Two little words – ‘no get!’

Just two small words, pronounced by one man, can set into motion a chain of events whose end is not foreseen.

Wedding in Israel_311 (photo credit: Courtesy)
Wedding in Israel_311
(photo credit: Courtesy)
Just two small words, pronounced by one man, can set into motion a chain of events whose end is not foreseen. These two words comprise the disillusioned battle cry initiating and maintaining a war. Disillusioned as he who declares them believes he will emerge victorious. Alas, he is terribly mistaken, if not downright foolish, for this is a war in which there are no winners. In fact, all are irrevocably wounded – the man himself, his wife, his children, his community and ultimately all of Jewish society.
“No get [divorce].” These are the words uttered by a man to a woman who cannot stay bound to him in marriage – turning himself into a get-refuser and she into a modern-day agunah, or chained woman. At best, such a man wants to do everything he can to keep the family unit together. Prima facie, this may even seem legitimate. Sadly – for any divorce is unfortunate and painful – this is the last thing he could choose to do which would return his wife to him.
The woman who asks for a get and is turned down has either left the house or will do so whether there is a get in place or not. No individual today will stay in a place of suffering if physical escape is possible. The man, who wants to fend off perceived disaster, is feeding the fires of acrimony by issuing the twoword battle cry. In doing so he is declaring himself all-powerful in relation to changing the spouses’ status. He trumpets this power before all – including both rabbinic and civil courts – taunting their powerlessness to extricate the woman from the Jewish bonds of matrimony.
Those two words, whether articulated coldly or with deep emotion, bespeak the downfall of the man’s good standing to the detriment of his children, his family members, those surrounding them and even reaching the greater Jewish community. Witness two well-known examples, one in Israel and one in the United States:
A local synagogue in Jerusalem was torn apart in the past decade. The son of the synagogue’s rabbi had been declared an absconding get-refuser by the High Rabbinic Court of Israel. The man had abandoned his children, escaping the wrath of the Israeli rabbinical court by hiding in various ultra-Orthodox communities in the United States. His father, the rabbi, asserted he had no influence over his son. The community, divided in their belief in his declaration, was torn apart.
Even more outrageous is a current case of getrefusal in the United States, reported not only on the pages of this Jewish publication and others, but in the general US and international media – the New York Times, YouTube, Facebook and the like.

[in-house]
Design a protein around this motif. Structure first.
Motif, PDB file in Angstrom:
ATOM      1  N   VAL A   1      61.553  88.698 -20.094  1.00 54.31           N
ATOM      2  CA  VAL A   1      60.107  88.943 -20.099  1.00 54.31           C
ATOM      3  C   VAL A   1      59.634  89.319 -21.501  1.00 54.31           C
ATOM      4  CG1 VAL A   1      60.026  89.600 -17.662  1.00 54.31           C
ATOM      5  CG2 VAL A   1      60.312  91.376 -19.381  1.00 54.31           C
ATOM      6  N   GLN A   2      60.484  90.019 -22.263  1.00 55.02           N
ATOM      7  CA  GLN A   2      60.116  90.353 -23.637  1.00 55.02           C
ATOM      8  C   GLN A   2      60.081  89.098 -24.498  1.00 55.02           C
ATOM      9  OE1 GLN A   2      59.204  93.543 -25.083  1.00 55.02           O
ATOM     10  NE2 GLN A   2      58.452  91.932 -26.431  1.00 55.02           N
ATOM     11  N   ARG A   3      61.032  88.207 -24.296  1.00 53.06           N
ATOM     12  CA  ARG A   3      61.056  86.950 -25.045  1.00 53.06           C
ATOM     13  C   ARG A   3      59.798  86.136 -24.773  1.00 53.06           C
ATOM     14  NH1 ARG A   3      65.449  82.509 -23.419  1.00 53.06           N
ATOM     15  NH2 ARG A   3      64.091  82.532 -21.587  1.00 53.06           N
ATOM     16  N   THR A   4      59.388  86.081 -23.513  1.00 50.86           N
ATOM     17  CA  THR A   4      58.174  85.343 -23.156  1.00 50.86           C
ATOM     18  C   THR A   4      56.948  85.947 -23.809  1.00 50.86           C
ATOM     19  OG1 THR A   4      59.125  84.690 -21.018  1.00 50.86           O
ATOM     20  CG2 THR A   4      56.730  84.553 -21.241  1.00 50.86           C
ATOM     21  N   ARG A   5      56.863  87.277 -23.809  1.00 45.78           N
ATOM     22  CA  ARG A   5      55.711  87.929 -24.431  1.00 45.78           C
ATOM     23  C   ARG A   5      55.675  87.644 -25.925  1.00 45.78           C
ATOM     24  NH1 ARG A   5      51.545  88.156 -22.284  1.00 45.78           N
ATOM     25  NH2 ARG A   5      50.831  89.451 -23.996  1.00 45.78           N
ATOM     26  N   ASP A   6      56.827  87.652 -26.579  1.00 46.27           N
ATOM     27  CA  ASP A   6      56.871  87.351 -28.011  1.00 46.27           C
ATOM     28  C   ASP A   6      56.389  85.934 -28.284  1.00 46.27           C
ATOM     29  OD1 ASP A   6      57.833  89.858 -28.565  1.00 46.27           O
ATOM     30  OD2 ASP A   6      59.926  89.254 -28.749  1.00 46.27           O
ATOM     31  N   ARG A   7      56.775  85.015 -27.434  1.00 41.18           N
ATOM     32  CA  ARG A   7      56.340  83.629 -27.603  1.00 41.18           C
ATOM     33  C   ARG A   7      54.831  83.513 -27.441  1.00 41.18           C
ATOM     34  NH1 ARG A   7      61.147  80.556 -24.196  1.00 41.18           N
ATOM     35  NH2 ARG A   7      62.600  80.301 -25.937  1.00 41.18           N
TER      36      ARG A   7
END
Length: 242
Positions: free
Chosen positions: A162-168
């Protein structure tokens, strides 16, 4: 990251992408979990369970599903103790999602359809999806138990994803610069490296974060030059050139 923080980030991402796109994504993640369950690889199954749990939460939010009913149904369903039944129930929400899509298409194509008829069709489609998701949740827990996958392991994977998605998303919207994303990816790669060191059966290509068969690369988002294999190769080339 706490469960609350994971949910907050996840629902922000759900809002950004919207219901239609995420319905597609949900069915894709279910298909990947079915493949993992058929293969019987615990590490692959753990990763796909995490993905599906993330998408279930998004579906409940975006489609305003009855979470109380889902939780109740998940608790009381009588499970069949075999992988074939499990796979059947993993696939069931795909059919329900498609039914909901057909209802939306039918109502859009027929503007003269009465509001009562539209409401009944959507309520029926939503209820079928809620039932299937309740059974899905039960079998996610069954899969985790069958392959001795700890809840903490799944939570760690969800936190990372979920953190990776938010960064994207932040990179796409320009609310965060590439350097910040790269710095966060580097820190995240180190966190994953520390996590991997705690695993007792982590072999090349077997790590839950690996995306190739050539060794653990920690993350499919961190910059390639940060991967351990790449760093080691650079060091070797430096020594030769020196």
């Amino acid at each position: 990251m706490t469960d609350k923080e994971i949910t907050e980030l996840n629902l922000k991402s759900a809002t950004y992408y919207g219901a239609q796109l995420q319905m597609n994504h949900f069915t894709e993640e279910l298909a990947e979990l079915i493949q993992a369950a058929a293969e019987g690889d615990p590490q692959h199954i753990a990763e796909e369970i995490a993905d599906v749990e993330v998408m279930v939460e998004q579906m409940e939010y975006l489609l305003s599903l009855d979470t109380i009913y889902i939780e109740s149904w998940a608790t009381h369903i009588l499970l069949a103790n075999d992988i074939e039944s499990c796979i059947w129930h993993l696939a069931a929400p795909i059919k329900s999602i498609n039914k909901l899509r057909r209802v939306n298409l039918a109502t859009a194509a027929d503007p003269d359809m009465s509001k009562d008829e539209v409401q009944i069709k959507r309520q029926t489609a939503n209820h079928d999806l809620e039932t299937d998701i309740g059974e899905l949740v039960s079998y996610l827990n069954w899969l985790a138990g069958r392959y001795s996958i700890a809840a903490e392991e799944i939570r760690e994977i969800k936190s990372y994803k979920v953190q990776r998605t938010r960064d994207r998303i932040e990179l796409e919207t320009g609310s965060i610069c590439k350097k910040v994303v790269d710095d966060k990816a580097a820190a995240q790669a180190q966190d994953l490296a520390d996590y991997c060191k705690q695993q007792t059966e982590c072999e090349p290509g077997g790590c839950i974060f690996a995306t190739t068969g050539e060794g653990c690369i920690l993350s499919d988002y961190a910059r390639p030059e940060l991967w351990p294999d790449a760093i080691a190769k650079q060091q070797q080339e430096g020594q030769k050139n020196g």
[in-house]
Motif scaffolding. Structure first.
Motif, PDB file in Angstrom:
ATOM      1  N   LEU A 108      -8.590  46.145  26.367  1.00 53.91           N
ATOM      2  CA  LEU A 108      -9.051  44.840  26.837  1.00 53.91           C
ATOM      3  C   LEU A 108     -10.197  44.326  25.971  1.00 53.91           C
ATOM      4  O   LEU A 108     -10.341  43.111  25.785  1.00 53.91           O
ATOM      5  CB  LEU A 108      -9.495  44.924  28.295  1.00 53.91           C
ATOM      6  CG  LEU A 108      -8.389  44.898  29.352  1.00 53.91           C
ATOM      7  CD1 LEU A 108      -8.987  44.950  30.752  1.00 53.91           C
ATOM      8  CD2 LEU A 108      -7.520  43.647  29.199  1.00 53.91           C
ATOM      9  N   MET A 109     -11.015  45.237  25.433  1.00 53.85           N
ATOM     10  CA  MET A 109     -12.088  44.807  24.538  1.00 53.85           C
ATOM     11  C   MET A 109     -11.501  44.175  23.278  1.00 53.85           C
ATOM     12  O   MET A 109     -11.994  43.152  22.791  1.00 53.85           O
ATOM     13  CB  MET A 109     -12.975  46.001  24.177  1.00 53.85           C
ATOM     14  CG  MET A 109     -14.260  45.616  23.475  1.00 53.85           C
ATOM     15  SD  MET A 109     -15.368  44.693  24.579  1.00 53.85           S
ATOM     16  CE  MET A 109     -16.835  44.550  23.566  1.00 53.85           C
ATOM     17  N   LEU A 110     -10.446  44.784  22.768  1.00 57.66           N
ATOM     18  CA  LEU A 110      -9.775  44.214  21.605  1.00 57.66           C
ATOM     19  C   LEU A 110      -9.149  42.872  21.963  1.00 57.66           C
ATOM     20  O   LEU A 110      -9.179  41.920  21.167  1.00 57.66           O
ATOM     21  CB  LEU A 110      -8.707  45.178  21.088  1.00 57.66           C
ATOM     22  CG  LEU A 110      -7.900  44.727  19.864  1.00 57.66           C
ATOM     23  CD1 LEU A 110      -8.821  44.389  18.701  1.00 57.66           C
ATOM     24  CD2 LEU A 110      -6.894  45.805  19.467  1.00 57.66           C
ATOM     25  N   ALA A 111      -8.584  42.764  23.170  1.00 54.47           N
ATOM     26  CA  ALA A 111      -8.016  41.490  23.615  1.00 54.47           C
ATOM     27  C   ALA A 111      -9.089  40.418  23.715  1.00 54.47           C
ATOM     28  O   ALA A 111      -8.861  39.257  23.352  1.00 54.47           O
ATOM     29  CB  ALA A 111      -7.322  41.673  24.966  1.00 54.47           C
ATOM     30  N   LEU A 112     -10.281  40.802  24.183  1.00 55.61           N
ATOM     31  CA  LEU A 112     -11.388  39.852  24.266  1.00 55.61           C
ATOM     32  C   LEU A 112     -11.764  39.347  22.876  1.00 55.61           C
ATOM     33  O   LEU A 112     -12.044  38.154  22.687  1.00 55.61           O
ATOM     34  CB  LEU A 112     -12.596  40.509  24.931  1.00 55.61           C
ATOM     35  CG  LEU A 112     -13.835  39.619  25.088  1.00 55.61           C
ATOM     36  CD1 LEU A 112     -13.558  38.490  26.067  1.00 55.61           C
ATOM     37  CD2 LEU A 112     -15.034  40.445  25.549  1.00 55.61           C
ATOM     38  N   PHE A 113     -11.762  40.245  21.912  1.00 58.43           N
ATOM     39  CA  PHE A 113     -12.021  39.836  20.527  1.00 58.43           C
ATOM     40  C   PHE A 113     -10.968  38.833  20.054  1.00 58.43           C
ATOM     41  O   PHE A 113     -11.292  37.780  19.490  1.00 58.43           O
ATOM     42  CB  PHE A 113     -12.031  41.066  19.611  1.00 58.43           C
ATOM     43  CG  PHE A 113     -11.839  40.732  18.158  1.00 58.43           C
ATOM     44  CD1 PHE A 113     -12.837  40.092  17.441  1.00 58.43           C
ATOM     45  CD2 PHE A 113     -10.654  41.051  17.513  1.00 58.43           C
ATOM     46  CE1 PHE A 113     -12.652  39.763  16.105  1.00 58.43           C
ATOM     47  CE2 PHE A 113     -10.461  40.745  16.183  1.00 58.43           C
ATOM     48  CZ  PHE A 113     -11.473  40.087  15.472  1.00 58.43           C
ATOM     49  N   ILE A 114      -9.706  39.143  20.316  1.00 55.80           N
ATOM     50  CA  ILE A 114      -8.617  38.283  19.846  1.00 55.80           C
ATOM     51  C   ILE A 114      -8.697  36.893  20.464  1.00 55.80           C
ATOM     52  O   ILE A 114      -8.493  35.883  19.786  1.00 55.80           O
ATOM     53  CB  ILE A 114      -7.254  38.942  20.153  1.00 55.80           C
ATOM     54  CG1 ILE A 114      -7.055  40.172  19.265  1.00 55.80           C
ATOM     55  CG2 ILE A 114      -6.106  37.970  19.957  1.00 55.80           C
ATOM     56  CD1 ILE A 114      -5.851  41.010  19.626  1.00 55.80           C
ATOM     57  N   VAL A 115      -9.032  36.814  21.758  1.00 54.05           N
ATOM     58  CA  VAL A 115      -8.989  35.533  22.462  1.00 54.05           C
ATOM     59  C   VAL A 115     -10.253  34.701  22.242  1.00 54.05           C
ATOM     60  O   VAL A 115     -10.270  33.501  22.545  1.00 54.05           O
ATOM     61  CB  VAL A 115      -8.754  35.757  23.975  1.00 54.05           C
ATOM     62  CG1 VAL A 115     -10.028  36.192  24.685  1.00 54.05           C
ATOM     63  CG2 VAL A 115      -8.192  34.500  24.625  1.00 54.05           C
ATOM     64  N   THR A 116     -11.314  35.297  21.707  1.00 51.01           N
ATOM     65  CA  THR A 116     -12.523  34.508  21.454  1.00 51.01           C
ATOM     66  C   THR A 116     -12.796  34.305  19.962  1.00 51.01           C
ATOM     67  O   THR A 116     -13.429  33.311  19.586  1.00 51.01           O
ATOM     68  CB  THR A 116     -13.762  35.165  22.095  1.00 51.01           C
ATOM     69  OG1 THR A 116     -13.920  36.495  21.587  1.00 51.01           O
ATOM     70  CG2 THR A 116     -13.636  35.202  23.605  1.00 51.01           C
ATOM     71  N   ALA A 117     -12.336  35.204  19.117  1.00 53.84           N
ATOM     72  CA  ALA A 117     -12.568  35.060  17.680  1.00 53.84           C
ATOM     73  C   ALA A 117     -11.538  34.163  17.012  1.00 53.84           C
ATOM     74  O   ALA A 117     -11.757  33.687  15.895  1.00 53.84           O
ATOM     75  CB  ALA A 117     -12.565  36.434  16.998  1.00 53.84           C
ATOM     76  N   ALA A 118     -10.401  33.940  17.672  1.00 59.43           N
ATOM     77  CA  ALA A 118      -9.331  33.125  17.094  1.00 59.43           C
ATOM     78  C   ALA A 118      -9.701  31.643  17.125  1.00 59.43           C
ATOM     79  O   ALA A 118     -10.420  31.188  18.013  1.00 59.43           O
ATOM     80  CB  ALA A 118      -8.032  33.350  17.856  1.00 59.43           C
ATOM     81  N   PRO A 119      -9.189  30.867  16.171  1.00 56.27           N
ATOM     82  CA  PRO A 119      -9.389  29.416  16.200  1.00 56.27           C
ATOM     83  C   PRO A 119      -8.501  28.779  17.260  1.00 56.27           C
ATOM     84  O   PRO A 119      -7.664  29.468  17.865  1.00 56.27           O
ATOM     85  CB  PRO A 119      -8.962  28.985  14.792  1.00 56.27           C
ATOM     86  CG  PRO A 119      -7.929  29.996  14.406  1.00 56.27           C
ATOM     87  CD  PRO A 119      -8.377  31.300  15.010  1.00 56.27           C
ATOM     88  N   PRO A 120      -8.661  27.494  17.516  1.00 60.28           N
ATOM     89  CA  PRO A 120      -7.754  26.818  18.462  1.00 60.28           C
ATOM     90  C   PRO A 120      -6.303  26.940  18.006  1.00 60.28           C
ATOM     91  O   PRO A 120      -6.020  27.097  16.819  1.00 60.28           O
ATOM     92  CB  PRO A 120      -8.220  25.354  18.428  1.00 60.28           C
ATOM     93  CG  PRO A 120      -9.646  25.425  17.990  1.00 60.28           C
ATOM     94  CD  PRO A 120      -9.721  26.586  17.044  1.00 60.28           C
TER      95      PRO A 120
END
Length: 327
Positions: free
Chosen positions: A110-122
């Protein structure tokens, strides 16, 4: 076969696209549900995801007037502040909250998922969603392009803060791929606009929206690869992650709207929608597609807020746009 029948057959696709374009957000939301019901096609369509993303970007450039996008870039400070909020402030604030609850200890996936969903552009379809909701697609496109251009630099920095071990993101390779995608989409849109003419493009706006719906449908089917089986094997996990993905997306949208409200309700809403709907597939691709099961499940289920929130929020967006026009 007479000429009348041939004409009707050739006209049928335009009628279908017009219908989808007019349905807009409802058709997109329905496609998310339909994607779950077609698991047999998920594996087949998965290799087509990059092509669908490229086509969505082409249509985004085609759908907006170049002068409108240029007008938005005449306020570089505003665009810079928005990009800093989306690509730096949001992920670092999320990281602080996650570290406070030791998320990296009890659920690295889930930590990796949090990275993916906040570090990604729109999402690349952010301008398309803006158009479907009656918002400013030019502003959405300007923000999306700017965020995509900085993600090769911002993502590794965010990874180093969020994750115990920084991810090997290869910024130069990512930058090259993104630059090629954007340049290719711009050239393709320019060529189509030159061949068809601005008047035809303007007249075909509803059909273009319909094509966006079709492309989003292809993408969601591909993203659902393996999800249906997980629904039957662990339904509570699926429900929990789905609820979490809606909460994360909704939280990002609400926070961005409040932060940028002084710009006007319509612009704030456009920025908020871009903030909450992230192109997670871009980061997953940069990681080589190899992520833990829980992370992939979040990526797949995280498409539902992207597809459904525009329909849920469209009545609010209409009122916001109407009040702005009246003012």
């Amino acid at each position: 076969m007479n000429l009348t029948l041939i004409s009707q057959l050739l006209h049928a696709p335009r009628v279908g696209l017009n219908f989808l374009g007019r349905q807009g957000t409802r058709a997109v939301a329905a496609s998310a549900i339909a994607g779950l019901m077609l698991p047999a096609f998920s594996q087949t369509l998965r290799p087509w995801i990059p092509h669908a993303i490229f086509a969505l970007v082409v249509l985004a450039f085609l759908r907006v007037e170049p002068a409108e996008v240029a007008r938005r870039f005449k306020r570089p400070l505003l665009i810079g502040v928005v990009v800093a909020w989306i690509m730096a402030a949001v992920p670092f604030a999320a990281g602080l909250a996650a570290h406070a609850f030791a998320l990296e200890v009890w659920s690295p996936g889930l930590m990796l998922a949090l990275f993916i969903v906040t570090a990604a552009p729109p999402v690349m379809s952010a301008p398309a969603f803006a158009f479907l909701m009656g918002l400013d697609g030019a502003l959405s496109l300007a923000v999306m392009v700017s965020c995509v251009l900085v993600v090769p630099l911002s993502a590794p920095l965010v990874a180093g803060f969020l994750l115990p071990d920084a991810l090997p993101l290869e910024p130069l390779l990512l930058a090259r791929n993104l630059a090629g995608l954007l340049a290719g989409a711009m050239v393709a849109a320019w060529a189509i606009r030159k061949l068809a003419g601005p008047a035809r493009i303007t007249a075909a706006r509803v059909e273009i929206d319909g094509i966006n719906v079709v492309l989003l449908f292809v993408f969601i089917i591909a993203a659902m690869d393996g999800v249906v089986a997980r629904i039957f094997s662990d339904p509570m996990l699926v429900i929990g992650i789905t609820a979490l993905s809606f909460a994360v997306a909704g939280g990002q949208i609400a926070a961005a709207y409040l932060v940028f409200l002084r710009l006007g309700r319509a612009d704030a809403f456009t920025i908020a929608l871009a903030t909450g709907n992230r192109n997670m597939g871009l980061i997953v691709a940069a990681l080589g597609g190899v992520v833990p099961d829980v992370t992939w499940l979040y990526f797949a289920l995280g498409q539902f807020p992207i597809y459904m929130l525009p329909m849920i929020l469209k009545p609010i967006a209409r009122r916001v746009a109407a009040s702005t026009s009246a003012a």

The refusal of Aharon Friedman, lawyer and staff member of Congressman Dave Camp on Capitol Hill, to grant Tamar Epstein a get has involved rabbis, laypersons and communities across the US. A respected rabbinical court has declared Mr. Friedman to be in contempt of its ruling, rabbis have negotiated, synagogues have closed their doors to him, friends have pleaded, concerned individuals have demonstrated repeatedly – but Mr. Friedman continues to abuse his power over Ms. Epstein.
Male readers may erroneously think that the agunah problem cannot touch their lives. But fathers beware – this can affect you. Ms. Epstein is bereft of her father, who passed away without seeing his daughter free of the man who continues to cause her misery. All are vulnerable when power remains unchecked.
There are solutions available within Orthodox Jewish law – stated communal zero tolerance for getrefusal; prenuptial agreements for the prevention of get-refusal; social sanctions against a get-refuser, whether male or female, and more.
If the rabbinical establishment grinds its wheels too slowly toward global application of solutions, laypeople can take the matter into their own hands. Led by non-establishment scholars of Jewish law – both men and women – those who are aware of the risk are indeed taking the requisite steps to protect their loved ones. It is time for the rabbis, who until now have apparently been removed from the needs of the people, to publicly recognize the problem and establish the various halachic solutions as de rigueur.
Contained within the briefest of phrases is the derision of rabbinic authority, the goading of (former) family and (ex) friends, the ridicule of social order, the trampling of human rights and the abuse of power entrusted in good faith. Such is the man who utters the two words “no get.” Such is the society which continues to allow him to do so.
“International Agunah Day,” this March 7, is the opportunity to contend with this intolerable state of affairs. International Agunah Day is the time for all to resolve to take the essential actions to protect both women and men, by reinstating basic morality and personal dignity into Jewish society.
The writer has a PhD in Talmud, is a rabbinical court advocate and coordinator of the Agunah & Get- Refusal Prevention Project of the Council of Young Israel Rabbis & the Jewish Agency. She is the author of Minee Einayich MeDim’ah on prenuptial agreements for the prevention of get-refusal.